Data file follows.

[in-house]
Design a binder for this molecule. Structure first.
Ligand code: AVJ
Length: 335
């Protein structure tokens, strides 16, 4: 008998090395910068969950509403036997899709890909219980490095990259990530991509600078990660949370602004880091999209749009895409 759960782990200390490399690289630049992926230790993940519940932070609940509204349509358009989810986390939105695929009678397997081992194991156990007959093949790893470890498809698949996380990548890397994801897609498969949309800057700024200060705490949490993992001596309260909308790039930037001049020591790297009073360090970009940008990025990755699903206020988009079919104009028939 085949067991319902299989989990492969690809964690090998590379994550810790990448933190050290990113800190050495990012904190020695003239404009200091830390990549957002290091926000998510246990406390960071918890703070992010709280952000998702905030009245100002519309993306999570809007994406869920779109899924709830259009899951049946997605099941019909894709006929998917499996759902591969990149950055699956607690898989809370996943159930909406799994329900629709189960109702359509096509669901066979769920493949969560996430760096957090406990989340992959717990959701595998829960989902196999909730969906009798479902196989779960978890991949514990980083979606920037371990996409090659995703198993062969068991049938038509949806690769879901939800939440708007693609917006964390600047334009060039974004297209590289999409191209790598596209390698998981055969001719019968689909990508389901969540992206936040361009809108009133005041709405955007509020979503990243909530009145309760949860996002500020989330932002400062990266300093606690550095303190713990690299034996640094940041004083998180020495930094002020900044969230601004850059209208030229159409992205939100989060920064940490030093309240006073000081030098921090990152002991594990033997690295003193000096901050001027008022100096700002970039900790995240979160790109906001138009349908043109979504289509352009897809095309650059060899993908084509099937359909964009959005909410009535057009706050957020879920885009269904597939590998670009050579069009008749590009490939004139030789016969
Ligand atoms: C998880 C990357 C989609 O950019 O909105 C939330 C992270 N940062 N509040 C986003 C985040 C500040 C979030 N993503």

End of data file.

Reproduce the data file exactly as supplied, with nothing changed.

[in-house]
Design a binder for this molecule. Structure first.
Ligand code: AVJ
Length: 335
């Protein structure tokens, strides 16, 4: 008998090395910068969950509403036997899709890909219980490095990259990530991509600078990660949370602004880091999209749009895409 759960782990200390490399690289630049992926230790993940519940932070609940509204349509358009989810986390939105695929009678397997081992194991156990007959093949790893470890498809698949996380990548890397994801897609498969949309800057700024200060705490949490993992001596309260909308790039930037001049020591790297009073360090970009940008990025990755699903206020988009079919104009028939 085949067991319902299989989990492969690809964690090998590379994550810790990448933190050290990113800190050495990012904190020695003239404009200091830390990549957002290091926000998510246990406390960071918890703070992010709280952000998702905030009245100002519309993306999570809007994406869920779109899924709830259009899951049946997605099941019909894709006929998917499996759902591969990149950055699956607690898989809370996943159930909406799994329900629709189960109702359509096509669901066979769920493949969560996430760096957090406990989340992959717990959701595998829960989902196999909730969906009798479902196989779960978890991949514990980083979606920037371990996409090659995703198993062969068991049938038509949806690769879901939800939440708007693609917006964390600047334009060039974004297209590289999409191209790598596209390698998981055969001719019968689909990508389901969540992206936040361009809108009133005041709405955007509020979503990243909530009145309760949860996002500020989330932002400062990266300093606690550095303190713990690299034996640094940041004083998180020495930094002020900044969230601004850059209208030229159409992205939100989060920064940490030093309240006073000081030098921090990152002991594990033997690295003193000096901050001027008022100096700002970039900790995240979160790109906001138009349908043109979504289509352009897809095309650059060899993908084509099937359909964009959005909410009535057009706050957020879920885009269904597939590998670009050579069009008749590009490939004139030789016969
Ligand atoms: C998880 C990357 C989609 O950019 O909105 C939330 C992270 N940062 N509040 C986003 C985040 C500040 C979030 N993503």